British troops in the trenches near Lake Doiran in May 1917.
May 9 1917, Orle–The British had attacked the Bulgarian lines around Lake Doiran unsuccessfully in late April, in support of a French offensive which was to have begun two days later. However, bad weather and logistical failures meant Sarrail’s attack was put off until May 9. The British again attacked in support the previous night, but just as in late April failed to take any ground; silhouetted by Bulgarian searchlights, the attacking troops were quickly mowed down by Bulgarian machine guns. The few gains that were made were untenable given Bulgarian command of the heights of the Petit Couronné, and were surrendered the next day.
The next morning, the main offensive began north of Monastir. This was a very multinational effort, with French, Russian, Italian, and Serbian troops all taking part, in addition to Britain’s attack the previous night. The Russians had the most success, breaking through the Bulgarian front line and in one case advancing a mile beyond. However, they were not supported on their flanks, and found themselves quickly cut off and fired on by machine guns from both sides; most were killed or captured. The French, Italians, and Serbs also made small gains, but many of them were tactically untenable, and by noon Allied momentum had run out. German reserves shored up the Bulgarian positions, and further attacks over the next few days were even less successful.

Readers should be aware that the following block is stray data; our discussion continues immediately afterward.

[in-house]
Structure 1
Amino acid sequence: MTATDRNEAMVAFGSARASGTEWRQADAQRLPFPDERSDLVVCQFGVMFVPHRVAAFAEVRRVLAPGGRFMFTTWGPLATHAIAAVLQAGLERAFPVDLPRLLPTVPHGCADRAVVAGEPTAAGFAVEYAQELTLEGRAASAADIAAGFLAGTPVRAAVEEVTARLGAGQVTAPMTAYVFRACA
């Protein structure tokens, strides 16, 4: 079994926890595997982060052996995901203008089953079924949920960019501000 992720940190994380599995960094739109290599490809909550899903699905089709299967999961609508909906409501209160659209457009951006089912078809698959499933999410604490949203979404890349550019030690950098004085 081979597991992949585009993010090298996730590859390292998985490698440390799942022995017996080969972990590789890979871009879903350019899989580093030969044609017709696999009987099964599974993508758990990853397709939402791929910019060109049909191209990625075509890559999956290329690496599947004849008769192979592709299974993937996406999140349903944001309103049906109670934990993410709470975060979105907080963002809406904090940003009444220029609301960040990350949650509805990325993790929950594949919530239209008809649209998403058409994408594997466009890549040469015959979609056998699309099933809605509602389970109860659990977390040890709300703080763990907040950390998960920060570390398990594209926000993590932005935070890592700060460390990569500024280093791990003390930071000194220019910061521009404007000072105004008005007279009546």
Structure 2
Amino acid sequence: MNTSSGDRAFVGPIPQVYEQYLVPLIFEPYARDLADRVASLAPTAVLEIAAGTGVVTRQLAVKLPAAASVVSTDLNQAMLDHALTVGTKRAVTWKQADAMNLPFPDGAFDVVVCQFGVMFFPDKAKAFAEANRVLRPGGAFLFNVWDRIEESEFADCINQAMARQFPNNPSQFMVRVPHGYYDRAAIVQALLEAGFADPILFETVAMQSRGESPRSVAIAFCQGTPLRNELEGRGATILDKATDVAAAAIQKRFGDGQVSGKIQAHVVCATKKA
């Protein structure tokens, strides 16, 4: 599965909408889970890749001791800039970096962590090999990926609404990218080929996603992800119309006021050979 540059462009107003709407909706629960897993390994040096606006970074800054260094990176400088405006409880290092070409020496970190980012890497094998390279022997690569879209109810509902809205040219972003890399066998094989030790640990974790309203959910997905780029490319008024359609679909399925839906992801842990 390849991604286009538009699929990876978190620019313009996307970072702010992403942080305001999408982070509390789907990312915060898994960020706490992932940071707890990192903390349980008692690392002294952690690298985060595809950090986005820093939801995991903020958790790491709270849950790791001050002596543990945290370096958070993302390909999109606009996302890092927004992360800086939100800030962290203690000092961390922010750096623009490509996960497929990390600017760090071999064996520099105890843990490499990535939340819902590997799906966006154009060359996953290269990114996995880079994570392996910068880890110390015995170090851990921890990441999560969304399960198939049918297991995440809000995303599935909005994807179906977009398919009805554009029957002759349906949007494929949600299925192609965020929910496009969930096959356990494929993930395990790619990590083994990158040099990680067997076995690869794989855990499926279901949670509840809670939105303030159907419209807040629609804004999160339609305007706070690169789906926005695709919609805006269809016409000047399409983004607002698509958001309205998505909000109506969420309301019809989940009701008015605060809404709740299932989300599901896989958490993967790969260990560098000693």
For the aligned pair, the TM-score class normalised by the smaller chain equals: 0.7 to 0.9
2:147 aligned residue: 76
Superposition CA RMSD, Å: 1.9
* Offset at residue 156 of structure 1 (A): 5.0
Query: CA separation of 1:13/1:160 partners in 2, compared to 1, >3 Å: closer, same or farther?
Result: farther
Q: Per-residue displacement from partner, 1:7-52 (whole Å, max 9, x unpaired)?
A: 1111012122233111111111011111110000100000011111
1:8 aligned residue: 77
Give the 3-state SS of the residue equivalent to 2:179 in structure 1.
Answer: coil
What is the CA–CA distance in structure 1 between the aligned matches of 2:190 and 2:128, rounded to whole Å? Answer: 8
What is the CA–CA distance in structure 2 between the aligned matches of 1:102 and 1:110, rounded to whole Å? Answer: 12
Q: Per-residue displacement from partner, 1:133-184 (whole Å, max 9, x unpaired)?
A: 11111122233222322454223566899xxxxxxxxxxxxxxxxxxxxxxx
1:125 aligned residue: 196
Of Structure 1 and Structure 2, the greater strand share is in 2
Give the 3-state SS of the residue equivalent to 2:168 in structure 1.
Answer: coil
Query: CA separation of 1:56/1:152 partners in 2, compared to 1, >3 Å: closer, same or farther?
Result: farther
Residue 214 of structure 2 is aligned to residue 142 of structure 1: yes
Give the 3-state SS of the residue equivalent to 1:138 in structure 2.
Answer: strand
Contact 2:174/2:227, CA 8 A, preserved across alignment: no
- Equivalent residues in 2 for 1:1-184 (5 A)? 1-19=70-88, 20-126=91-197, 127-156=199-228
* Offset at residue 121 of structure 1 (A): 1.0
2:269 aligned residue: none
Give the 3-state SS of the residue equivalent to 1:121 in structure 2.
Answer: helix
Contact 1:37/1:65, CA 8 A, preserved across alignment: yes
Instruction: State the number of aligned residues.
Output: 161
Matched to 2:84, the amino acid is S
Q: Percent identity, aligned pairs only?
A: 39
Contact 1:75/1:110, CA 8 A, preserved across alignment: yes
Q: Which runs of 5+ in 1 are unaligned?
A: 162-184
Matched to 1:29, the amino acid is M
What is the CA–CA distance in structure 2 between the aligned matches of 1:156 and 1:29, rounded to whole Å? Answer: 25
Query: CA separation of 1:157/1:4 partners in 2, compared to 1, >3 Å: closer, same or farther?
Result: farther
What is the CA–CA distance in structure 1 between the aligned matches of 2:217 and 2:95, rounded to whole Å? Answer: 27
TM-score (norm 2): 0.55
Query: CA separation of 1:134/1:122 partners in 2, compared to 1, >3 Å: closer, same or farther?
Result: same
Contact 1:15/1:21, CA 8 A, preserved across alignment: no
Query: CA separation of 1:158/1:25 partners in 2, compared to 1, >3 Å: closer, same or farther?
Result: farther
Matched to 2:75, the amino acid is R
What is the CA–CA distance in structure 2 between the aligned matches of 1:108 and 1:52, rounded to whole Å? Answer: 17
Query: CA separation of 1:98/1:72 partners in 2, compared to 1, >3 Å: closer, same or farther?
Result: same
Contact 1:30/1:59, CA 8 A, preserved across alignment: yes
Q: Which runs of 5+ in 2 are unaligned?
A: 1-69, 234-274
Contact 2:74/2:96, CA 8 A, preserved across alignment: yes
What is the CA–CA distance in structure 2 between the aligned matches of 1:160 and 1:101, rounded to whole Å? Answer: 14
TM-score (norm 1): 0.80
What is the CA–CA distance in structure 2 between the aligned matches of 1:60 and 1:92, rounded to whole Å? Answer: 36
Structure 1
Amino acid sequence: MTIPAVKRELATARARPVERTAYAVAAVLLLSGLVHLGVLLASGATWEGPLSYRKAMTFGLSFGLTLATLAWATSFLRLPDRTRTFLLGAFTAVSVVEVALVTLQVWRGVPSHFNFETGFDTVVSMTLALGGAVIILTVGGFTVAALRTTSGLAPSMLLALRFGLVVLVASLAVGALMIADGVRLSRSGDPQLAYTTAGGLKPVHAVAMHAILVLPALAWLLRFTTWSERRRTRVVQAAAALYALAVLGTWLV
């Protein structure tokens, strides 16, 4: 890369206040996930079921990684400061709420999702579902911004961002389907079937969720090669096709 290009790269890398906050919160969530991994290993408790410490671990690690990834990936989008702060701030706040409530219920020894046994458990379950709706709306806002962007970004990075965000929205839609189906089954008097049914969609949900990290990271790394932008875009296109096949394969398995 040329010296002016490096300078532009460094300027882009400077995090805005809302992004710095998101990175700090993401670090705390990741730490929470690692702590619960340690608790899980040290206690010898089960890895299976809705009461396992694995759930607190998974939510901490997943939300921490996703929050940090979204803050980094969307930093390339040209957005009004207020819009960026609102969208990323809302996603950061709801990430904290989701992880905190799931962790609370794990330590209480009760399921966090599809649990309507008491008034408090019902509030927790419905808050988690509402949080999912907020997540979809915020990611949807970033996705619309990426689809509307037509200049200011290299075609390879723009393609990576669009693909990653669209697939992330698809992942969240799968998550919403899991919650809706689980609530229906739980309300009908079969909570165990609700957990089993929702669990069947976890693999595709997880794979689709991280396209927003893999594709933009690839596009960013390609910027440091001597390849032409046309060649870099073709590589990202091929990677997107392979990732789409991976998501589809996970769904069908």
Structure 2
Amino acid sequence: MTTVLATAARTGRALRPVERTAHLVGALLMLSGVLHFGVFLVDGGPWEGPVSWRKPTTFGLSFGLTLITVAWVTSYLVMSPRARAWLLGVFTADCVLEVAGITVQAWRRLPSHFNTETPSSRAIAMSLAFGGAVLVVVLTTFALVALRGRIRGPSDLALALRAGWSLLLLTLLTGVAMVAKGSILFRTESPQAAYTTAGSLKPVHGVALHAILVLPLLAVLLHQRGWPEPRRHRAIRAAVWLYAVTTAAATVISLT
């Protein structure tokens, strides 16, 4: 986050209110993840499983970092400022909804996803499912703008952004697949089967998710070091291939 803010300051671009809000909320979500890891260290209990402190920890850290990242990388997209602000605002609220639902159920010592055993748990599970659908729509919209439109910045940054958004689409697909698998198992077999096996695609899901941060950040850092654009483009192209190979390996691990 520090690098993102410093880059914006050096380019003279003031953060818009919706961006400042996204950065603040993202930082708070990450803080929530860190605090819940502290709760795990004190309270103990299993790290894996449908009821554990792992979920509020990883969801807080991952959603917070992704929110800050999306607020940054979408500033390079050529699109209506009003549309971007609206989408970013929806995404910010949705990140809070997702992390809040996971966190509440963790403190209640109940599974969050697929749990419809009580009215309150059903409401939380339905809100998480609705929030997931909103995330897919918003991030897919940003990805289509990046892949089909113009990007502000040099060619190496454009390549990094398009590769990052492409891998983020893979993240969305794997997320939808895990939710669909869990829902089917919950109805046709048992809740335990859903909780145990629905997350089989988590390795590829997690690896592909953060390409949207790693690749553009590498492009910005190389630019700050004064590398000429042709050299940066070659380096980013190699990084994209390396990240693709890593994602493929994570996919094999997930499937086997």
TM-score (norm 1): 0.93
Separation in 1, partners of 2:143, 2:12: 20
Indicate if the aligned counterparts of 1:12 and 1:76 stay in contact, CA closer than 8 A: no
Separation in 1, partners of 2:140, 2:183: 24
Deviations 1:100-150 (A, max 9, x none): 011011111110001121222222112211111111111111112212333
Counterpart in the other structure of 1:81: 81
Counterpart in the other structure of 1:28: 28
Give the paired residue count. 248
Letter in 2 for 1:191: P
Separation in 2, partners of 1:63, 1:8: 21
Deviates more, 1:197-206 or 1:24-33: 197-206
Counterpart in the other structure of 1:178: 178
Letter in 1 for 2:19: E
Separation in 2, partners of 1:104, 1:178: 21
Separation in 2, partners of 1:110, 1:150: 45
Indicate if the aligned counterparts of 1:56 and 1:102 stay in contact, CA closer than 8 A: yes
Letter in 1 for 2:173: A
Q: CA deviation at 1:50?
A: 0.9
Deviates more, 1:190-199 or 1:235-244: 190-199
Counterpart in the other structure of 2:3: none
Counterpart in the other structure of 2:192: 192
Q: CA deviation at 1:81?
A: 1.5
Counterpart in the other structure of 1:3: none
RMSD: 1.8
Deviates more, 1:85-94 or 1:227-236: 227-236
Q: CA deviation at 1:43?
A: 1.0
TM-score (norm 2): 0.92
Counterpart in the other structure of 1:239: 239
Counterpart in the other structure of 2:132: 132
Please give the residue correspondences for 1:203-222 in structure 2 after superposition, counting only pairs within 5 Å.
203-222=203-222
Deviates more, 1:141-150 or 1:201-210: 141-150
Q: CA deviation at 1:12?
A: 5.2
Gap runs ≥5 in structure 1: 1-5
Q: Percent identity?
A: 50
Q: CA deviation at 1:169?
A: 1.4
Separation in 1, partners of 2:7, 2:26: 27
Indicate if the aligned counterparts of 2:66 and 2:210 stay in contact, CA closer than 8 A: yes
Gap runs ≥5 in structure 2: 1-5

Today in 1916: Germans Fail to Repulse South Africans at Kondoa Irangi
Today in 1915: British, French Assault Aubers, Vimy Ridges
Sources include: Alan Palmer, The Gardeners of Salonika. Image Credit: Imperial War Museum.